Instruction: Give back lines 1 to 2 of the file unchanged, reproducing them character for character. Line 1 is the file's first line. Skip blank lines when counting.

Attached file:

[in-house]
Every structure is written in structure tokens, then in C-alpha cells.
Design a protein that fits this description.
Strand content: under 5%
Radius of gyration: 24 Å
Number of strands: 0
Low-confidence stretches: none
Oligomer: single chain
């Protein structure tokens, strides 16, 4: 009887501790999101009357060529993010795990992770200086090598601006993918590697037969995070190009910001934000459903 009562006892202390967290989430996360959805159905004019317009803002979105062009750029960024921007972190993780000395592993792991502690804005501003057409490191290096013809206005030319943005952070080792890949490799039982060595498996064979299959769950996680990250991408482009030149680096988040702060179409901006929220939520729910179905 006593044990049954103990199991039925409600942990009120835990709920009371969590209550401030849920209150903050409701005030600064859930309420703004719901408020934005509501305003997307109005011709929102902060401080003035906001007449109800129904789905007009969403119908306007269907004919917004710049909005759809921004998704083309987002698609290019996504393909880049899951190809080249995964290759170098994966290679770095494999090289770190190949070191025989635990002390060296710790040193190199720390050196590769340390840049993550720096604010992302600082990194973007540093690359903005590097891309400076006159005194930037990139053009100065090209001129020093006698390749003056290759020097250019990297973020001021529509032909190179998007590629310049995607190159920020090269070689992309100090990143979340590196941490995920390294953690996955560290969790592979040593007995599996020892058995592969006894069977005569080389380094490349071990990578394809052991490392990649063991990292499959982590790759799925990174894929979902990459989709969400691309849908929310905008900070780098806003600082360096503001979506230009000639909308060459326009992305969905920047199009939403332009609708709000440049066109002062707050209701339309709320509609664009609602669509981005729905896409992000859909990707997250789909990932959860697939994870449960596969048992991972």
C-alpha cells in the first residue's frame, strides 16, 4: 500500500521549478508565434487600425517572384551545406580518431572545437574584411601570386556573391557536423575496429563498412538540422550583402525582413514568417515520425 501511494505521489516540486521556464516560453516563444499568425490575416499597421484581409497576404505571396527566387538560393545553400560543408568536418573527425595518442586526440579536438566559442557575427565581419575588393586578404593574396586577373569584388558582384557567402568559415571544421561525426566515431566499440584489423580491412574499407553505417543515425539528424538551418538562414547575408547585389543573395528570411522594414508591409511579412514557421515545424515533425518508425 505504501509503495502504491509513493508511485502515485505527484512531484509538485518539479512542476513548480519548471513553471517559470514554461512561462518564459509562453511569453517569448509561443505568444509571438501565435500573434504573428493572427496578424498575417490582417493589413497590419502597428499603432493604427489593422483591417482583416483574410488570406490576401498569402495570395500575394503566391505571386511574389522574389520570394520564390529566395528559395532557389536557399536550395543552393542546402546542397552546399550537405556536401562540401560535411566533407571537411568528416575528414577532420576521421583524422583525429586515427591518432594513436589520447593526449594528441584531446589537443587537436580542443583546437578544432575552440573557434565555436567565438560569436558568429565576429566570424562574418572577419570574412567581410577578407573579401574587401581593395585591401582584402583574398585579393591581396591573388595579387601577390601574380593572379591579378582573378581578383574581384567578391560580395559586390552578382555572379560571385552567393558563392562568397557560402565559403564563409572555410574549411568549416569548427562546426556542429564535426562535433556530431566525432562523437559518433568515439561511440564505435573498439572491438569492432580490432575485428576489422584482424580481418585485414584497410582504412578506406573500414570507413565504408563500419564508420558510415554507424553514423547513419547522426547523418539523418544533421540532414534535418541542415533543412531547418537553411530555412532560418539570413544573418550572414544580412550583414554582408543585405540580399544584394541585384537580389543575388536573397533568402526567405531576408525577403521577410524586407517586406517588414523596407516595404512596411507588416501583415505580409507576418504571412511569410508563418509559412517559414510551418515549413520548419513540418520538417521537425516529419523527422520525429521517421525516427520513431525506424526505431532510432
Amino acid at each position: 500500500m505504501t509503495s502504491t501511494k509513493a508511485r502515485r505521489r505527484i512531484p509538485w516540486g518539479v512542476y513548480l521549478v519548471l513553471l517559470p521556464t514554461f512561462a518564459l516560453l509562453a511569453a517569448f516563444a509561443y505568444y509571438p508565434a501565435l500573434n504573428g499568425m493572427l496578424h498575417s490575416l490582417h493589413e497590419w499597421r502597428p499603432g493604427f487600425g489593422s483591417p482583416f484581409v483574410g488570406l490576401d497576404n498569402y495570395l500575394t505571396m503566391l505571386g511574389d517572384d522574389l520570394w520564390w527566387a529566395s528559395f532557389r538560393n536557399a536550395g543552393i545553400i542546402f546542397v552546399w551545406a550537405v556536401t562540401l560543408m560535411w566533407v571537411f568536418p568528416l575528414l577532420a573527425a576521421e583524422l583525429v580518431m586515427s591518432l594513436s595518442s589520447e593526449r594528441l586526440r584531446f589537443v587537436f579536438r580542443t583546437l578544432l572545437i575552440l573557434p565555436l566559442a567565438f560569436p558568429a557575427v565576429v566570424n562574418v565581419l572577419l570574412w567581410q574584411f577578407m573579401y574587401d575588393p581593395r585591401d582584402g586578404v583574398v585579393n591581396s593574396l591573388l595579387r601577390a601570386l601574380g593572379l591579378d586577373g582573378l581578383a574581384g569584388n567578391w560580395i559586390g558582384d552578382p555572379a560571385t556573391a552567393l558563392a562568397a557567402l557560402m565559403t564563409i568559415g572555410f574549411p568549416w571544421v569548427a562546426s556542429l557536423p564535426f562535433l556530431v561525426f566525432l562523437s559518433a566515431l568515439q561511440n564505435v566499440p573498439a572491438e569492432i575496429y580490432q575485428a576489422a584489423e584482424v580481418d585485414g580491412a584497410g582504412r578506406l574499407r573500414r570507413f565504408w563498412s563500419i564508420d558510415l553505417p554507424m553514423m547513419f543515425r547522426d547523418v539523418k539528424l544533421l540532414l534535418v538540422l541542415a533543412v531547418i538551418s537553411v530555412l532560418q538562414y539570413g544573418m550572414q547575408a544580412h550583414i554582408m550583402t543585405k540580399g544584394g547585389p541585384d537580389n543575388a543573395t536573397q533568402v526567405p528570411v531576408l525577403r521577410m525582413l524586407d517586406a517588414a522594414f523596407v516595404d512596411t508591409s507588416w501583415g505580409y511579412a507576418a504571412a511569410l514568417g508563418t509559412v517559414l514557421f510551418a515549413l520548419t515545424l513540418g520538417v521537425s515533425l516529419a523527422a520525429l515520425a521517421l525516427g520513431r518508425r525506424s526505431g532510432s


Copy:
[in-house]
Every structure is written in structure tokens, then in C-alpha cells.